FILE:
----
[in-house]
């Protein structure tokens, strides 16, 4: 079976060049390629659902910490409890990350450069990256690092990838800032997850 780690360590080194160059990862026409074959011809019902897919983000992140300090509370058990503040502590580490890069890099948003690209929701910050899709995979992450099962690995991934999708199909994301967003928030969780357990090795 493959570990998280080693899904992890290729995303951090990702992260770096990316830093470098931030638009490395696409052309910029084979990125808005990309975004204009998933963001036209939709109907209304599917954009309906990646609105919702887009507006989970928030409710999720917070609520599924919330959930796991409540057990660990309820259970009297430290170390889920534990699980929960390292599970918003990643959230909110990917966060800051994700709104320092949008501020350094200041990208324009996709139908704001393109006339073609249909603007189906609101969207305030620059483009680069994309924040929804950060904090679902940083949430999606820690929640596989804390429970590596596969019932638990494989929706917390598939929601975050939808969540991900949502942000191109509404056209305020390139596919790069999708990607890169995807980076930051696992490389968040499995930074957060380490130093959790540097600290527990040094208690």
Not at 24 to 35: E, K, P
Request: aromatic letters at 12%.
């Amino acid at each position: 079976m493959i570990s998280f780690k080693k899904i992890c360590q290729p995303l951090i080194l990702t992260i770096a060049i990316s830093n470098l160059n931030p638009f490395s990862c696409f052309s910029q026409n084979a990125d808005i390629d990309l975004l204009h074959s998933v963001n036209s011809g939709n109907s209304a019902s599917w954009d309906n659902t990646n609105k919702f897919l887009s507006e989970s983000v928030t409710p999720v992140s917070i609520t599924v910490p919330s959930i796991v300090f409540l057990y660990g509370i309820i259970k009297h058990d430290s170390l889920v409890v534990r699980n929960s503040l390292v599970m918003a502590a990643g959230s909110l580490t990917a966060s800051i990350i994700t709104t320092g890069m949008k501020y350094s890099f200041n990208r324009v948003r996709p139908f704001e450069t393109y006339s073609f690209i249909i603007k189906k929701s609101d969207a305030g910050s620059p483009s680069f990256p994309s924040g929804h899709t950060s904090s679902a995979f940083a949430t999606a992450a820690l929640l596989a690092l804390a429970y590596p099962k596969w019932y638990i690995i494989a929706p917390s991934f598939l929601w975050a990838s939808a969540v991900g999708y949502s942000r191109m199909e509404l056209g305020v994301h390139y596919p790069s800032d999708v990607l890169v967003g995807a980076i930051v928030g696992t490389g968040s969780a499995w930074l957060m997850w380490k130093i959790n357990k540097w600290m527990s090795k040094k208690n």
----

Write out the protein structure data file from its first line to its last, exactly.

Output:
[in-house]
């Protein structure tokens, strides 16, 4: 079976060049390629659902910490409890990350450069990256690092990838800032997850 780690360590080194160059990862026409074959011809019902897919983000992140300090509370058990503040502590580490890069890099948003690209929701910050899709995979992450099962690995991934999708199909994301967003928030969780357990090795 493959570990998280080693899904992890290729995303951090990702992260770096990316830093470098931030638009490395696409052309910029084979990125808005990309975004204009998933963001036209939709109907209304599917954009309906990646609105919702887009507006989970928030409710999720917070609520599924919330959930796991409540057990660990309820259970009297430290170390889920534990699980929960390292599970918003990643959230909110990917966060800051994700709104320092949008501020350094200041990208324009996709139908704001393109006339073609249909603007189906609101969207305030620059483009680069994309924040929804950060904090679902940083949430999606820690929640596989804390429970590596596969019932638990494989929706917390598939929601975050939808969540991900949502942000191109509404056209305020390139596919790069999708990607890169995807980076930051696992490389968040499995930074957060380490130093959790540097600290527990040094208690």
Not at 24 to 35: E, K, P
Request: aromatic letters at 12%.
């Amino acid at each position: 079976m493959i570990s998280f780690k080693k899904i992890c360590q290729p995303l951090i080194l990702t992260i770096a060049i990316s830093n470098l160059n931030p638009f490395s990862c696409f052309s910029q026409n084979a990125d808005i390629d990309l975004l204009h074959s998933v963001n036209s011809g939709n109907s209304a019902s599917w954009d309906n659902t990646n609105k919702f897919l887009s507006e989970s983000v928030t409710p999720v992140s917070i609520t599924v910490p919330s959930i796991v300090f409540l057990y660990g509370i309820i259970k009297h058990d430290s170390l889920v409890v534990r699980n929960s503040l390292v599970m918003a502590a990643g959230s909110l580490t990917a966060s800051i990350i994700t709104t320092g890069m949008k501020y350094s890099f200041n990208r324009v948003r996709p139908f704001e450069t393109y006339s073609f690209i249909i603007k189906k929701s609101d969207a305030g910050s620059p483009s680069f990256p994309s924040g929804h899709t950060s904090s679902a995979f940083a949430t999606a992450a820690l929640l596989a690092l804390a429970y590596p099962k596969w019932y638990i690995i494989a929706p917390s991934f598939l929601w975050a990838s939808a969540v991900g999708y949502s942000r191109m199909e509404l056209g305020v994301h390139y596919p790069s800032d999708v990607l890169v967003g995807a980076i930051v928030g696992t490389g968040s969780a499995w930074l957060m997850w380490k130093i959790n357990k540097w600290m527990s090795k040094k208690n």